Gospels not PUBLISHED until c.150 - Justin Martyr

Dec 2016
97
Austria
#72
Gday all :)

Let's compare the consensus for Jesus' existence with the consensus for GW
But Jesus belief is based only on OPINIONS and conclusions from ancient legends - we cannot SEE clear evidence for Jesus, any more than for Moses, also a myth.
Jesus beliefe is based on faith and Jesus existence is based on historical proofs. If you don't like the historical proofs of Jesus .. it is not a wise thing to try to convince Others to agree with you..


Jesus is strongly believed in only by CHRISTIANS, while other cultures and religions believe very differently.
And after the above stupid claim it is clear you don't know what you are talking about.


Scientists get ahead by DIS-AGREEING - by showing that others were wrong. So when all the scientists agree, it's because of the FACTS. If a scientist disagrees and has solid evidence for it - he becomes famous, and other scientists follow the new facts. There is ONE scientific consensus.

Believers get ahead by AGREEING with other's beliefs, they agree because of FAITH. If a believer disagrees - they are rejected, and may split off to make another new faith - along with the old.
It makes no sense for you to appeal to science and scientists when you claim that only Christians believe in Jesus.
You are more and more confused..

Currently there are about 33,000 Christian churches.


99% of the Jesus supporters have a FAITHFUL connection to Jesus - based on beliefs and opinions and agreeing with other faithful.
And 1.2 bilion people are Catholics and for hundreds year there was only Catholic Church in Europe...plus some heretics somewhere..

Anyway you can read ( i think it is time you read and understand the GOSPEL once for good..) and decide to establish a new Christian interpretation of the holy scripture.
In Europe the people are still free..

Catholic Church is based: A) Holy scriptures .... as every Christian Church
B) Autorithy ...... to avoid the "stupid" and "too much free" interpretations of the GOSPEL
C) Tradition ...... respects for the fathers of Christians Catholic Church...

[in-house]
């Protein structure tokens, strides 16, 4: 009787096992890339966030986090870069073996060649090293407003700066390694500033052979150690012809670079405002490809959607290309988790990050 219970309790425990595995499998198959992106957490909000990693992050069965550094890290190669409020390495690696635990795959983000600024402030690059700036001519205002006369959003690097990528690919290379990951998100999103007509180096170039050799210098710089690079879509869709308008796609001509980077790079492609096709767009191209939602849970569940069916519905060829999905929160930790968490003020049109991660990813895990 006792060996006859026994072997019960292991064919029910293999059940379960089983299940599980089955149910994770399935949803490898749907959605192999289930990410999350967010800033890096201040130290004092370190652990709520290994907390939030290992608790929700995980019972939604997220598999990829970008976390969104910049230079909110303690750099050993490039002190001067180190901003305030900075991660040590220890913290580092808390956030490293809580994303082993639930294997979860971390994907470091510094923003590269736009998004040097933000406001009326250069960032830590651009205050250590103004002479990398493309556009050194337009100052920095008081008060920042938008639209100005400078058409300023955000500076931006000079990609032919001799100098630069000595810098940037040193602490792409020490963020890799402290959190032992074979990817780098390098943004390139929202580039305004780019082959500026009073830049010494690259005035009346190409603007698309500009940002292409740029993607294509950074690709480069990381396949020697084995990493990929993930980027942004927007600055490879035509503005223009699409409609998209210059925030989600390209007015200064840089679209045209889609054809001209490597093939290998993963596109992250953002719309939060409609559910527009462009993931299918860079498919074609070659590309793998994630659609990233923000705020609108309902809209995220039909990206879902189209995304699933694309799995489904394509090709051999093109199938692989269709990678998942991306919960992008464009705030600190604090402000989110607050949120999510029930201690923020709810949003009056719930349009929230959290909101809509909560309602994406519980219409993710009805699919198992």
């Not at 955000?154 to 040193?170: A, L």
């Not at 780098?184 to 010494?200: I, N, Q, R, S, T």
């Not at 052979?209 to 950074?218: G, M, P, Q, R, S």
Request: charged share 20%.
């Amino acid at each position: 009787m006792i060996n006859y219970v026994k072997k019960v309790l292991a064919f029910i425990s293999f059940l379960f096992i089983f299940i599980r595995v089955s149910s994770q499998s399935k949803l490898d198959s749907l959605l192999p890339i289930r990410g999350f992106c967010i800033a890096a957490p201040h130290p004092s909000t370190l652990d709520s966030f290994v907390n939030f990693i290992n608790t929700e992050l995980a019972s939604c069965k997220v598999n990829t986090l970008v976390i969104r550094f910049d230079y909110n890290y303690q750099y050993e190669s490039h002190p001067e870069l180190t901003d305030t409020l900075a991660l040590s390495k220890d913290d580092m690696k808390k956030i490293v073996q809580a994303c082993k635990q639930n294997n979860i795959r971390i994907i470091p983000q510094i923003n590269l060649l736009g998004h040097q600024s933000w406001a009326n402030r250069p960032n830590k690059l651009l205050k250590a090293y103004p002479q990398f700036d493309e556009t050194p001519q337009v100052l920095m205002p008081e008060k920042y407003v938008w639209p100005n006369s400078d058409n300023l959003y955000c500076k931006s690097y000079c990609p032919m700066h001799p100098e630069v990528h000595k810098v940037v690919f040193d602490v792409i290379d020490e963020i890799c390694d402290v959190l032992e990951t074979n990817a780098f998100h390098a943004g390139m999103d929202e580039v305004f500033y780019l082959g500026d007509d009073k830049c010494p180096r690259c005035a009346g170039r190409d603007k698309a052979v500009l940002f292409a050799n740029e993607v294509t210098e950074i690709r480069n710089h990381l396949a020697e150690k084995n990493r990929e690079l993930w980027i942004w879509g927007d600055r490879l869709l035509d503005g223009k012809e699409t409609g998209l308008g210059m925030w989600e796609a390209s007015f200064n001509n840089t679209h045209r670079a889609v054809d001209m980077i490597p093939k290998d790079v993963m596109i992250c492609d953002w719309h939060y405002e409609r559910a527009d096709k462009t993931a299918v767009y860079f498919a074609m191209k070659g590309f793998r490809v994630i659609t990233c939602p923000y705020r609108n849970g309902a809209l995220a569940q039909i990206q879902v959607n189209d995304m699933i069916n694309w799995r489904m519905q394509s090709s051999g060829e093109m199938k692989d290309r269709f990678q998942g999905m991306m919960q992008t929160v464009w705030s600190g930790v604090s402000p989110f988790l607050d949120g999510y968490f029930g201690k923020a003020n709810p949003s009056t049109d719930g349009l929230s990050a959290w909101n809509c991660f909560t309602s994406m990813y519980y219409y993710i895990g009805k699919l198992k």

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Jax

Ad Honorem
Aug 2013
6,208
Seattle
#73
Jesus beliefe is based on faith and Jesus existence is based on historical proofs.
If there are historical proofs for Jesus of the Gospel stories then why would you need faith to believe in said Jesus?

What are these historical proofs that you speak of BTW? Show them to us.

Can you?
 

starman

Ad Honorem
Jan 2014
3,914
Connecticut
#74
By why would that be so, I was looking for an explanation of why works obviously intended to win converts would've been withheld from most people for decades.
 
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starman

Ad Honorem
Jan 2014
3,914
Connecticut
#75
One possible piece of evidence is that Papias (perhaps late first century to mid second century) mentions 'Mark' and 'Matthew' but makes no mention of either 'Luke or 'John'.
If Papias lived in 100 CE it wouldn't be at all surprising if he didn't know John, even if it were written in 90-95. In those times, disseminating writings took some time. Furthermore the john gospel was so different from the synoptics many holy joes might've at first dismissed it.

Justin Martyr (mid second century) seems to be aware of 'Mark' and 'Matthew' and perhaps 'Luke' but does not seem to know 'John'.
His pupil Tatian (160 - 170's) however seems to know all four Gospels and seems to have made a harmony of them called the Diatessaron but without Acts (the second half of 'Luke').

Acts seems unknown until the 180's.
Well, it's possible some compilers didn't include Acts because it was about the apostles post jesus not "the lord" himself like the canonical four.